RACHEL'S RUMINATIONS: Book touts alternatives for trauma-based mood disorders
A review of "The Body Keeps the Score" by Bessel van der Kolk.
Dr. Bessel Van der Kolk is an East Coast psychiatrist whose intention in writing this book is to make us a more trauma-conscious society.
From certain comments scattered throughout “‘The Body Keeps the Score: Brain, Mind, and Body in the Healing of Trauma,” I get the impression that he has become disillusioned with the current way conventional medicine treats mood disorders. For instance, he writes, “Over the past three decades, psychiatric medications have become a mainstay in our culture, with dubious consequences.
“Consider the case of antidepressants. If they were indeed as effective as we have been led to believe, depression should by now have become a minor issue in our society. Instead, even as antidepressant use continues to increase, it has not made a dent in hospital admissions for depression. The number of people treated for depression has tripled over the past two decades, and one in 10 Americans now take antidepressants.”
What drew me to this book was the intriguing title and a fascinating new vocabulary term introduced in the book aptly, which explains the origins of the title.
Alexithymia (Greek for “not having words for feelings”) is a condition where the person substitutes the language of action for that of emotion – meaning they tend to register emotions as physical problems rather than as emotional signals that something deserves their attention. For example, instead of feeling angry or sad, they experience muscle pain, gut problems or other unexplained symptoms.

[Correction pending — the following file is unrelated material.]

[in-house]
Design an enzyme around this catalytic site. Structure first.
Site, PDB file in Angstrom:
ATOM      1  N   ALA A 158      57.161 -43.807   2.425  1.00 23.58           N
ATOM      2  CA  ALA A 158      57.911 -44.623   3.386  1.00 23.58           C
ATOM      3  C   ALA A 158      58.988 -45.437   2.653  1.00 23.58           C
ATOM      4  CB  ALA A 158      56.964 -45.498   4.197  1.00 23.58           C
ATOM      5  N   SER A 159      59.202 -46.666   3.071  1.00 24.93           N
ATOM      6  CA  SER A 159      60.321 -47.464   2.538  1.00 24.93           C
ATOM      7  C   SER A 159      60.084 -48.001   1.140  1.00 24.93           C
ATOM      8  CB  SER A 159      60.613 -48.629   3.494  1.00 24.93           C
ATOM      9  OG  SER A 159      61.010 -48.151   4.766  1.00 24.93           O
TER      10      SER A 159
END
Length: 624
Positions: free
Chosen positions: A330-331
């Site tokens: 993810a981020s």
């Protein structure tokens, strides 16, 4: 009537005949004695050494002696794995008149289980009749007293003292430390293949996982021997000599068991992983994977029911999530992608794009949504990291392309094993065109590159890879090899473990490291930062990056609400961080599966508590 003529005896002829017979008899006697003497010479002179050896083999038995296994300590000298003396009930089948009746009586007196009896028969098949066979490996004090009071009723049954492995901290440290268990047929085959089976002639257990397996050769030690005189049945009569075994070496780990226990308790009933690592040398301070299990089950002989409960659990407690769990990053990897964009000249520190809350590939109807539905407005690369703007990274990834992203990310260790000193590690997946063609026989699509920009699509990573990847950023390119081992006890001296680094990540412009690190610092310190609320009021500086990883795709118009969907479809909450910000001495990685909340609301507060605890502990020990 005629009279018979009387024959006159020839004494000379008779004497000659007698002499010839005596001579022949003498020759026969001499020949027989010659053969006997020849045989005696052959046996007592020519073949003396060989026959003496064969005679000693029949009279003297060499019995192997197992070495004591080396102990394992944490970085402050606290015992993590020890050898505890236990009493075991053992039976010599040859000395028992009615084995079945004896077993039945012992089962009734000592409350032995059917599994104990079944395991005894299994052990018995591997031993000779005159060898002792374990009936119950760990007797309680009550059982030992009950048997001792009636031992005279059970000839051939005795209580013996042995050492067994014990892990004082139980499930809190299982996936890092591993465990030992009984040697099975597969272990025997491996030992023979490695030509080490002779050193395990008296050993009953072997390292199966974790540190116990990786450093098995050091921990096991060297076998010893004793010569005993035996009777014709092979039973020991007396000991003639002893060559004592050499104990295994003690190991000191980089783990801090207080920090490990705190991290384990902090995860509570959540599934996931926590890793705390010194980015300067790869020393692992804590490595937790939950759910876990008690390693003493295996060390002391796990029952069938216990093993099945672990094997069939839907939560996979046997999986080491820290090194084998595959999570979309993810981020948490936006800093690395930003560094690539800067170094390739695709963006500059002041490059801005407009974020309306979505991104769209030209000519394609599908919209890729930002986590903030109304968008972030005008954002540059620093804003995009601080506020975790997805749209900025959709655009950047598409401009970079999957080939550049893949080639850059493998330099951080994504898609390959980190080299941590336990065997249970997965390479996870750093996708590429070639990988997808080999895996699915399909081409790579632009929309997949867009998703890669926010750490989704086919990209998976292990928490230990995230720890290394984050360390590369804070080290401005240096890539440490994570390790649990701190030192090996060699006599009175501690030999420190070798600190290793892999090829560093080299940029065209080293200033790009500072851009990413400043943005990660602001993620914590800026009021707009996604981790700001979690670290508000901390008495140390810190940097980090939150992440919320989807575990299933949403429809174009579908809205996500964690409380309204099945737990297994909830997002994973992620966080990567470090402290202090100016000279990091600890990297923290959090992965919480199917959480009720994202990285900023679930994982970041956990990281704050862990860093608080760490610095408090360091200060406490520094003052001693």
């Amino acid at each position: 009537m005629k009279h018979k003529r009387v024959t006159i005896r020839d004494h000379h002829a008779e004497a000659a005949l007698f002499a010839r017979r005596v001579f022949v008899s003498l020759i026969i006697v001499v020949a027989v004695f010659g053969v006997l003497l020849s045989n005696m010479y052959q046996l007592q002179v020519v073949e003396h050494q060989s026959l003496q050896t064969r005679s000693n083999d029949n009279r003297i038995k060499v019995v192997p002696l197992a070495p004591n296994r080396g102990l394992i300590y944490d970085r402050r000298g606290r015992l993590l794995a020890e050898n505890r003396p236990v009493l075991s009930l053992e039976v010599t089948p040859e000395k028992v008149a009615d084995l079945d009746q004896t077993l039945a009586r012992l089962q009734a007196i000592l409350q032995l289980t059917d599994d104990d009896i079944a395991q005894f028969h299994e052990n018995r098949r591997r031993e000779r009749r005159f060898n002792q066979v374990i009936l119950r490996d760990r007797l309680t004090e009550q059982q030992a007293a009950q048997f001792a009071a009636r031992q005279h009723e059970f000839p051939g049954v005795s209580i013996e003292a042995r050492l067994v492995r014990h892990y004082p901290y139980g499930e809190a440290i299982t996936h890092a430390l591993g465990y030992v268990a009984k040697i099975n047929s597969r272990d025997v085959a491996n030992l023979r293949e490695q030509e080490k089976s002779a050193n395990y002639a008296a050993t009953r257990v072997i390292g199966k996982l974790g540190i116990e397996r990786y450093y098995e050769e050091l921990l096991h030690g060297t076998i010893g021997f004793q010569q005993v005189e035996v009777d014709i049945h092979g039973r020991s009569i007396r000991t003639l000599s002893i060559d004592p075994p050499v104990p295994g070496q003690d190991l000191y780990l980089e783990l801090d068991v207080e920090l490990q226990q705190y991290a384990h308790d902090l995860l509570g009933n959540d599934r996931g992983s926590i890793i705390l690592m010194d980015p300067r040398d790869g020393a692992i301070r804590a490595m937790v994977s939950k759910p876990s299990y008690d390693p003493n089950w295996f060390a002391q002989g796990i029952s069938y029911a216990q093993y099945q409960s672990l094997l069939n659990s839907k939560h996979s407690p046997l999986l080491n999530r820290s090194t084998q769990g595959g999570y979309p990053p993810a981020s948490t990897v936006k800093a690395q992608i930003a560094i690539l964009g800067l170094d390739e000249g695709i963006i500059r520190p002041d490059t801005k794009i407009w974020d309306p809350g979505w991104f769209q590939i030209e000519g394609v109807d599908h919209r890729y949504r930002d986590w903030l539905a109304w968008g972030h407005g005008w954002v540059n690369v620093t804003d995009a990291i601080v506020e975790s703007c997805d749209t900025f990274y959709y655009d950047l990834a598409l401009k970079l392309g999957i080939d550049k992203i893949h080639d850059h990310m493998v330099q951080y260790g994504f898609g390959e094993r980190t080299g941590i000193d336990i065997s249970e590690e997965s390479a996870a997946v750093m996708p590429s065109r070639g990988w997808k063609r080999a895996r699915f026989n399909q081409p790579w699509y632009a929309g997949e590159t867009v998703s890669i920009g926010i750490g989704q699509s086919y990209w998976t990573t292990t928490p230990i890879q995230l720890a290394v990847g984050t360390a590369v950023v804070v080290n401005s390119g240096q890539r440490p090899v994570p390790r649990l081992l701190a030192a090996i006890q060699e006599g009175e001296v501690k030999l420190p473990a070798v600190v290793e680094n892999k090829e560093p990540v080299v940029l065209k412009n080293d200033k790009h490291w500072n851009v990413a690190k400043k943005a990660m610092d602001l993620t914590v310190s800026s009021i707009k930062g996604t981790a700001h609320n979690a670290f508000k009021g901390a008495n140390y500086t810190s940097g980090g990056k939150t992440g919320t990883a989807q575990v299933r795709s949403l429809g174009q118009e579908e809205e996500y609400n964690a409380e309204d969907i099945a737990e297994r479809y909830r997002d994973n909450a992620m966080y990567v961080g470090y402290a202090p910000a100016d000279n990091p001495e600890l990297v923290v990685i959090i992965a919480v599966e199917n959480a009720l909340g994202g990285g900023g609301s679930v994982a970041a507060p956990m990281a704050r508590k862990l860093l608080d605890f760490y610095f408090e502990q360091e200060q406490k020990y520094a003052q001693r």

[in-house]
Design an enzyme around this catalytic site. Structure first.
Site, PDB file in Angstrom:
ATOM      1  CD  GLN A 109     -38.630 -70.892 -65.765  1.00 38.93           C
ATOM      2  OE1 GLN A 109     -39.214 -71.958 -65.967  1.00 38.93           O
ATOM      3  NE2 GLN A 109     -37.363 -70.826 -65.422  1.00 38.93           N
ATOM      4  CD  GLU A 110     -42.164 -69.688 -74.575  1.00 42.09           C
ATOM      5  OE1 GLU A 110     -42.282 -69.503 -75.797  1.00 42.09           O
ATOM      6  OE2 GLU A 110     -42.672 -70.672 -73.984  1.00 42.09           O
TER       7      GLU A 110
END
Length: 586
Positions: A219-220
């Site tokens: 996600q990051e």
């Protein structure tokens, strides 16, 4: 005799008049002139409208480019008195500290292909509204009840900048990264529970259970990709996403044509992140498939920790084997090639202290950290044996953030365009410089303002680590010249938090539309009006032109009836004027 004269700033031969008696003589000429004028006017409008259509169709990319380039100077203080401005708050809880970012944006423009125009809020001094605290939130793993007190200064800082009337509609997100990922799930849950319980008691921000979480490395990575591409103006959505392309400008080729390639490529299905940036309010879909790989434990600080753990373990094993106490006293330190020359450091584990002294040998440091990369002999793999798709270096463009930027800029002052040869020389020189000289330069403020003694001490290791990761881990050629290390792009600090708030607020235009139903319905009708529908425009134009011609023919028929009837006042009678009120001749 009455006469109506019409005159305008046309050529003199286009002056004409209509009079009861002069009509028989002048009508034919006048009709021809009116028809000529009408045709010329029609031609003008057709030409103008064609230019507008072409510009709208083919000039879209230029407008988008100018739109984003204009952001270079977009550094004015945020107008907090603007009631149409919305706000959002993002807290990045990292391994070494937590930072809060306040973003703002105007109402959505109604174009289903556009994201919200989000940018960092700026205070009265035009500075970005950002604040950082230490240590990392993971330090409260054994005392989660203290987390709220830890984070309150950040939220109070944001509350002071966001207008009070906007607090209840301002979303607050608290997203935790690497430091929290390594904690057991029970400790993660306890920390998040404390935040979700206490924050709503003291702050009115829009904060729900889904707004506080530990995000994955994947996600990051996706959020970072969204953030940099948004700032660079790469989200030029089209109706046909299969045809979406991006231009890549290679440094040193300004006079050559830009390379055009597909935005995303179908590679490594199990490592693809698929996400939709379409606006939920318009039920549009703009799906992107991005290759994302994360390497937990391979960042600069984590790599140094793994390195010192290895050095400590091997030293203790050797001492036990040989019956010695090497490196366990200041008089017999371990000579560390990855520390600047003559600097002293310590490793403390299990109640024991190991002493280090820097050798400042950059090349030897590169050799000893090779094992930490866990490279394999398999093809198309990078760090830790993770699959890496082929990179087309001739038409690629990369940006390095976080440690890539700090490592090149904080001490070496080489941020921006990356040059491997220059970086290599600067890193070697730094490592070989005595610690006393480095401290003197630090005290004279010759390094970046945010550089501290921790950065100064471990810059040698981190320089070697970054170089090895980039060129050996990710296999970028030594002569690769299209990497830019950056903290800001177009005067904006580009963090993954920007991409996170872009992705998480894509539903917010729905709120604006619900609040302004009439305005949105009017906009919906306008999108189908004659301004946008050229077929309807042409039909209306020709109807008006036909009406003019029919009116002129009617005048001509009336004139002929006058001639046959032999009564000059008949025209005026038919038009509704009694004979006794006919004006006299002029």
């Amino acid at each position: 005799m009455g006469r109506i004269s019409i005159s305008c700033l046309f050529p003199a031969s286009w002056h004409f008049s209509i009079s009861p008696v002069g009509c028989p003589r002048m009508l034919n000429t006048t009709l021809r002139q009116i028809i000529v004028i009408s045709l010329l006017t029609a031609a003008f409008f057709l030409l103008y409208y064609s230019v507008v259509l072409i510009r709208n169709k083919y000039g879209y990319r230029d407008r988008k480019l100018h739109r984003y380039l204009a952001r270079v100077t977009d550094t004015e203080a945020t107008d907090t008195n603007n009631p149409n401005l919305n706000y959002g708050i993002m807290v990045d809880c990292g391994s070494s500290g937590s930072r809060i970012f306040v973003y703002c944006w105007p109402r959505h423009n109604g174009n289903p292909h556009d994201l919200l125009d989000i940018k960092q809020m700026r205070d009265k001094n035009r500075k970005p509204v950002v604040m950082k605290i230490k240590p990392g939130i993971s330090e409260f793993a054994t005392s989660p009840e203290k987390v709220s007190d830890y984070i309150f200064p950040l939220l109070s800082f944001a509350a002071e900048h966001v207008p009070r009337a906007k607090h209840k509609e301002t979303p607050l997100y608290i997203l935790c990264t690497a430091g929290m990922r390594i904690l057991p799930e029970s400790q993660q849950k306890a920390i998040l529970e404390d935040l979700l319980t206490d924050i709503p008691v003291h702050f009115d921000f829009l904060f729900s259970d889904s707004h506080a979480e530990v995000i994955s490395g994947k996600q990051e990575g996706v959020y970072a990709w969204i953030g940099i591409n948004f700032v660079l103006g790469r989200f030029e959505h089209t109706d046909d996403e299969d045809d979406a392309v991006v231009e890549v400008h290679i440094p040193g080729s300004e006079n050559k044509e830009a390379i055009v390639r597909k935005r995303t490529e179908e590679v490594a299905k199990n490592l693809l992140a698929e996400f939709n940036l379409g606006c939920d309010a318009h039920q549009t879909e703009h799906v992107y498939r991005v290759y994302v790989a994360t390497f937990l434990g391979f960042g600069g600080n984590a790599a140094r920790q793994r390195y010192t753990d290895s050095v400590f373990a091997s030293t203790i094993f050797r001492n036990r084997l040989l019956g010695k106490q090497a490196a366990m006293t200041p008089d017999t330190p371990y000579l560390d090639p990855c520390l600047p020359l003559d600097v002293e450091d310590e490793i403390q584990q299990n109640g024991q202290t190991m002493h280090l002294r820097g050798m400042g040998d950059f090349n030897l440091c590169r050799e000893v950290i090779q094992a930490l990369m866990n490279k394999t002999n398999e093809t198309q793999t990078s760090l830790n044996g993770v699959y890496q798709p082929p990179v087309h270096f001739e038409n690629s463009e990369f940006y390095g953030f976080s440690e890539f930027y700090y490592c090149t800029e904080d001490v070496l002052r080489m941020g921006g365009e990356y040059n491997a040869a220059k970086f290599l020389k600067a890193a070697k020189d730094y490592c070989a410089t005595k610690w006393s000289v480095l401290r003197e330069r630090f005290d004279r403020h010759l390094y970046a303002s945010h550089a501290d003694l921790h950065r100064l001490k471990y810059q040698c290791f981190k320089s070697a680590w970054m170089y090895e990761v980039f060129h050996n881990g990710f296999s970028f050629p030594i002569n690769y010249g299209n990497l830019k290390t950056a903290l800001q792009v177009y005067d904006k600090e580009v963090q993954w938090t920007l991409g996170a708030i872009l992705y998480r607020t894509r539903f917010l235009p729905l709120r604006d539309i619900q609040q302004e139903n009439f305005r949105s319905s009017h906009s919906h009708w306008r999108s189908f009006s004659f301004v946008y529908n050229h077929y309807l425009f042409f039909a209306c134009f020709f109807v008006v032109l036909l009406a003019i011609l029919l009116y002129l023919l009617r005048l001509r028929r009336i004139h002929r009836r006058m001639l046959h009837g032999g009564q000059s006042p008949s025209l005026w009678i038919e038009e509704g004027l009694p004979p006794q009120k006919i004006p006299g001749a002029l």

In the first and second part of the book, Van der Kolk delves into how trauma can alter brain development, self-regulation and the ability to stay focused and connected with others. Many mental problems (such as addiction and self-harming) start off as attempts to cope with unbearable emotions secondary to a lack of adequate human contact and support.
Unless you are really into dissecting dense technical neuroscience or are a healthcare professional, I recommend skipping parts 1 and 2 or skimming these sections. Taking that warning into consideration, he does include some interesting and startling case studies.
In part 3, “The Minds of Children,” the author focuses on why child abuse and neglect are the single most preventable causes of both mental illness and addiction. He asserts that “the gravest and most costly public health issue in the United States” is child abuse. This section is a must-read!
Part 5 is by far the best part of the book – absolutely packed with useful information. Van der Kolk concludes that people can learn to control and change their behavior, but only if they feel safe enough to experiment with new solutions.
He writes, “Trauma victims cannot recover until they become familiar with and befriend the sensations in their bodies. … In order to change, people need to become aware of their sensations and the way that their bodies interact with the world around them.
“All too often drugs are prescribed instead of teaching people the skills to deal with such distressing physical reactions. … Medications only blunt sensations and do nothing to resolve them or transform them from toxic agents into allies.”
The author emphasizes the importance of teaching traumatized individuals to develop self-care skills with therapies such as journaling, eye movement desensitization and reprocessing, yoga, neurofeedback/biofeedback, theater, and internal family systems therapy.
Rachel Oppitz has lived in Park Rapids with her husband, daughter and dog since 2006. She is a naturopathic doctor and owns Itasca Naturopathic Clinic in Park Rapids and Bemidji. In her spare time, she loves to read, workout with friends, play games, do jigsaw puzzles, camp, hike, bike, canoe, travel, do guided meditations on Insight Timer, try new recipes, listen to music and journal.